THE REAL VILLAIN IN WISCONSIN'S BUDGET CRISIS, AND WHY HE MATTERS | WisCommunity

THE REAL VILLAIN IN WISCONSIN'S BUDGET CRISIS, AND WHY HE MATTERS

Economist Dean Baker writes that the housing market meltdown -- which he largely blames on the incompetence of Alan Greenspan -- was a huge factor in the current budget deficits (which are really a reduced revenue problem) among the states. With respect to the fight over Scott Walker's attempt to de-bone public employee unions, Baker adds:

According to the Congressional Budget Office, the economy is operating at more than 6.4 percentage points below its potential level of output. If Wisconsin's state economy was 6.4 percent larger, and its revenues increased accordingly, it would have more than $4 billion in additional revenue in its coffers over the next two years. This increase in revenue would easily cover the projected deficit. This is even before we add in the savings from lower payouts for unemployment insurance and other benefits that would follow from a return to normal levels of unemployment. In short, there can be little dispute that Wisconsin's budget crisis is Alan Greenspan's work.

The allegations of the union bashers can easily be shown to be nonsense. Wisconsin's public sector workers are paid no more than their private sector counterparts. They tend to get somewhat better pensions and health care coverage, but this is offset by lower pay for comparably skilled workers.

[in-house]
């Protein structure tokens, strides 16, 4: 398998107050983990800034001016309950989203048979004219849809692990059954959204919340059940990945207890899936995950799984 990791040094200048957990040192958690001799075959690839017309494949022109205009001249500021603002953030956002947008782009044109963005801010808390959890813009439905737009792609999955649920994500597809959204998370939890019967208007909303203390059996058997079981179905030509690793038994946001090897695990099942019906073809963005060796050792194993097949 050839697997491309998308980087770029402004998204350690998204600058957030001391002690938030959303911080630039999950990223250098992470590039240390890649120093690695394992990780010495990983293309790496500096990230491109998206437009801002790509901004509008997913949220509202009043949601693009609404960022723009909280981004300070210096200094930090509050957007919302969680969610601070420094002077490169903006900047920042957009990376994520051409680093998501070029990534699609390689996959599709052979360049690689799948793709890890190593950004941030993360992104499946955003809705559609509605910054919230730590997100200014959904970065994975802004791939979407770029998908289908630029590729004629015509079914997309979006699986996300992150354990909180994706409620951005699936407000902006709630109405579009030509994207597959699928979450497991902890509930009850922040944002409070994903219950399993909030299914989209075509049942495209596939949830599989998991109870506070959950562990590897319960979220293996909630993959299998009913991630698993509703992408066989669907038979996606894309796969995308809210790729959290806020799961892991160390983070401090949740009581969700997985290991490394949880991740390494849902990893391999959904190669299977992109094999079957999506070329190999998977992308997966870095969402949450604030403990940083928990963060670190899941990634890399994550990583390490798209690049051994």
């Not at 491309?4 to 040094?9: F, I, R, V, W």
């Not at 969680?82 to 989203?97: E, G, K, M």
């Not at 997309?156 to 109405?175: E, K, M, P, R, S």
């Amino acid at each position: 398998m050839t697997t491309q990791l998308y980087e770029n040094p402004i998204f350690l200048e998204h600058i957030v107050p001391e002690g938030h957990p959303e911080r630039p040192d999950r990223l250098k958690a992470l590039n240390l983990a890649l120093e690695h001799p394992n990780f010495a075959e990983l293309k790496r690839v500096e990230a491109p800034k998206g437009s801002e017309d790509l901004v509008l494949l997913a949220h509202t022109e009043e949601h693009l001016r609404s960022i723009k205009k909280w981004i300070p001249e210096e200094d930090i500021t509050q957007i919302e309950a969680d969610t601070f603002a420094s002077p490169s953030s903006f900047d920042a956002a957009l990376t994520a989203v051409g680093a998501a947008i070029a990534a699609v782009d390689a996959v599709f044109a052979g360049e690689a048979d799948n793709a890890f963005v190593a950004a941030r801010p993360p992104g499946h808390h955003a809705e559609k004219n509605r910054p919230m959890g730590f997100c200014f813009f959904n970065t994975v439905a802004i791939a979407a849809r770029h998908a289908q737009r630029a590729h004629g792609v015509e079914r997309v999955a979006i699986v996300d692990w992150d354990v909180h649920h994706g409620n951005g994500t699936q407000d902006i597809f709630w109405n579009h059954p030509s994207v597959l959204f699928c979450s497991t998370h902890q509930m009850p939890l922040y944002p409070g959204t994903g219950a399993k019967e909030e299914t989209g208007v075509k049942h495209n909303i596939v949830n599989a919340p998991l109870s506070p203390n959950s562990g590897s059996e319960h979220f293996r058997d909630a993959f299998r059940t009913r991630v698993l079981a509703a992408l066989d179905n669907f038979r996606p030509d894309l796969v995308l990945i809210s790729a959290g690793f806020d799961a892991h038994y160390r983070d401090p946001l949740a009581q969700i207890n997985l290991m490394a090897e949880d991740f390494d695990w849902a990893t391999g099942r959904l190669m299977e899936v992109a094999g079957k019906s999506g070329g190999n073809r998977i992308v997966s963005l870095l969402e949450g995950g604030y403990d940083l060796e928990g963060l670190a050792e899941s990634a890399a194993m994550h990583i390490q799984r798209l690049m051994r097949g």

Nor has there been an explosion of public sector employment under the period in which Democrats governed the state. The last budget prepared by former governor Jim Doyle projected 69,038 full-time equivalent (FTE) positions for the state in 2011, an increase of 1.4 percent from the 68,092 FTE number in 2003, the year when Doyle took office. It takes some very inventive arithmetic to make a 1.4 percent increase in employment over eight years into a bloated state workforce.

How does it change anything if we know that Greenspan (last seen being feted at the Brookings Institution) is the real villain in the Wisconsin budget crisis? First, it should turn the heat where it belongs: Washington.

The problem of the downturn is a lack of demand. A lack of demand is solved by spending money. We have to get our elected representatives to ignore the shrill whining of the Wall Street deficit hawks. We need sufficient stimulus from the public sector to overcome the falloff of more than $1.2 trillion in spending from the private sector that resulted from the collapse of the housing bubble.

If members of Congress are too intimidated to do what is needed to fix the economy, then Wisconsin's legislators should do what common sense dictates: follow the money. Rather than taking pay and benefits from schoolteachers and firefighters, it makes sense to take money from the people who have it. This means taxing Wisconsin's wealthy and its corporations. The tax increase only needs to be temporary, since the state budget should be fine once the economy recovers.

 

Published

February 20, 2011 - 6:33pm

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